Designed by R B Edmundson of Manchester and dedicated in 1865 the East window was donated by William Banks of Highmoor to celebrate the coming of age of his eldest son, though the centre section attracted widely differing opinions. Featuring Jesus blessing little children it was described as ‘fine Venetian glass’ by one person and ‘intensely ugly, portraying grotesque children’ by another, though William Banks had paid for the best which was available at the time.
Throughout the life of the church there was never any serious attempt to install a complete ringing peal of bells until discussions in early 1996 resulted in the Parochial Church Council voting to pursue the possibility. A structural survey of the tower proved positive, estimates were obtained and early in 1997 an application was made to the Millennium Commission for a 50% grant; work then started to raise the remaining 50% and by the end of that year the Millennium funding was in place. An order for a new set of eight bells was placed with John Taylor, bellfounders in Loughborough and work was started on preparing the tower.
In 1998 a band of novice ringers started training and on February 19th 1999 the bells arrived in Wigton, being initially displayed in the church before being installed in the tower and tested on March 3rd. On Easter Sunday that year the new band of ringers rang the bells for the first time for the morning service and on May 1st the first full peal of 5,088 changes was rung by members of the Carlisle Diocesan Guild of Bell Ringers. New Year 2000 was rung in by the new local ringers and since then the bells have been rung regularly for services and special occasions. The original 12 cwt bell, standing in a steel frame and ball bearings, remains in the top stage of the tower and continues to be rung for funerals and to sound the hours every day.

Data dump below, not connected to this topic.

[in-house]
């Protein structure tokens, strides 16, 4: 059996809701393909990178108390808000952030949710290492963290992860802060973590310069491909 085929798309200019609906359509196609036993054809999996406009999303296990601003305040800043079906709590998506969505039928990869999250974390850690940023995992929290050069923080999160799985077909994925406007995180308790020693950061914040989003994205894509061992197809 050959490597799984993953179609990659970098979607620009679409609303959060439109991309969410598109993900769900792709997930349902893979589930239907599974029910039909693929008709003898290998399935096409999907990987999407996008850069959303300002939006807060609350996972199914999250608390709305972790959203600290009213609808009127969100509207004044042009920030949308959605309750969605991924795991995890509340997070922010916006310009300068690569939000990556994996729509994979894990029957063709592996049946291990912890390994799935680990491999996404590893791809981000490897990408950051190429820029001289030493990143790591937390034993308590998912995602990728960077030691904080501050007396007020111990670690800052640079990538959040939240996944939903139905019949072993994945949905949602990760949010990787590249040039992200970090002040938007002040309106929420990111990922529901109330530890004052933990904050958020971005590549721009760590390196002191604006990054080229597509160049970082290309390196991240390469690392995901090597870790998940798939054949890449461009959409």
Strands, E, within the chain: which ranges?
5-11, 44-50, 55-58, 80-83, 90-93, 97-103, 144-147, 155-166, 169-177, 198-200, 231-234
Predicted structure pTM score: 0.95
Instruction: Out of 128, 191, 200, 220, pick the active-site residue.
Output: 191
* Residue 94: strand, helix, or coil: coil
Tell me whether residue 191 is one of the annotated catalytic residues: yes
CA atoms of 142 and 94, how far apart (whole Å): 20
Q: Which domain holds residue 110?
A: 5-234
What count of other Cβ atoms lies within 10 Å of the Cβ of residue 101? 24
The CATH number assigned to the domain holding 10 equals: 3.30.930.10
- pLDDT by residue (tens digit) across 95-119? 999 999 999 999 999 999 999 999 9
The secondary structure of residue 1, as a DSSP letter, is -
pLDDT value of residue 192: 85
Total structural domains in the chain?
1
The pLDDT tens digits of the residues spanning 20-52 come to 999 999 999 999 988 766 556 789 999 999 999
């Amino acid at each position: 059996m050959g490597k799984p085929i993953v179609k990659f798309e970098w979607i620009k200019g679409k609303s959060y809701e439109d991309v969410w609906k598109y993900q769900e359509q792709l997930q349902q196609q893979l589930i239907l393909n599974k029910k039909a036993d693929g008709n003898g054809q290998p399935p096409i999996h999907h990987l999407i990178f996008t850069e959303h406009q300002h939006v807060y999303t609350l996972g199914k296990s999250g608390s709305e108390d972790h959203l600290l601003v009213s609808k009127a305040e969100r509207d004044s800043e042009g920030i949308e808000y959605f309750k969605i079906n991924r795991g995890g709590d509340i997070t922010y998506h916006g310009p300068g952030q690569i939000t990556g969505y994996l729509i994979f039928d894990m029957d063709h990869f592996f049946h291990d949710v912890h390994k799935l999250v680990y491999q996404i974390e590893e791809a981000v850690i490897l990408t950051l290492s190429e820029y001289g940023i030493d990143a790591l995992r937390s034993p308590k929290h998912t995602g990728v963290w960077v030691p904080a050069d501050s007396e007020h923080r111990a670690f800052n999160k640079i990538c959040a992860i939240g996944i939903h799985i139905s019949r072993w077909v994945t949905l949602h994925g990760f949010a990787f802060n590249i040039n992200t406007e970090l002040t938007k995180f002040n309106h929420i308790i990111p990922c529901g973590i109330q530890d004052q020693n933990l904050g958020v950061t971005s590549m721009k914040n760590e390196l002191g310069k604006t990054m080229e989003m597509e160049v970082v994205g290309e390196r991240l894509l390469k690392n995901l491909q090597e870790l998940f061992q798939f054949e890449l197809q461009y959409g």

In 2006 broadcaster and author Melvyn Bragg (Lord Bragg of Wigton) who grew up in the town, offered St. Mary’s the gift of three new stained glass windows, not only remembering his relatives past and present but also with a theme of bringing Wigton into the church and showing St. Mary’s as part of the community. Brian Campbell, a well known local artist, was chosen to design the windows and after many meetings with church authorities the designs were approved. Alex Haynes of Albion Glass, Brampton, created the stained glass and the windows were installed on the north side of the nave in July 2009.
Each of the windows is filled with images of the town, the church and its people and the left hand window shows much of the commercial life of Wigton including the auction mart, mill, factory and a street with church. St. Mary’s church tower is the dominant feature in the centre window while the right hand window includes the George Moore fountain, Highmoor Tower, Nelson Tomlinson School, the cenotaph and the Caldbeck fells, and even though the windows are so modern they all contain Christian symbols.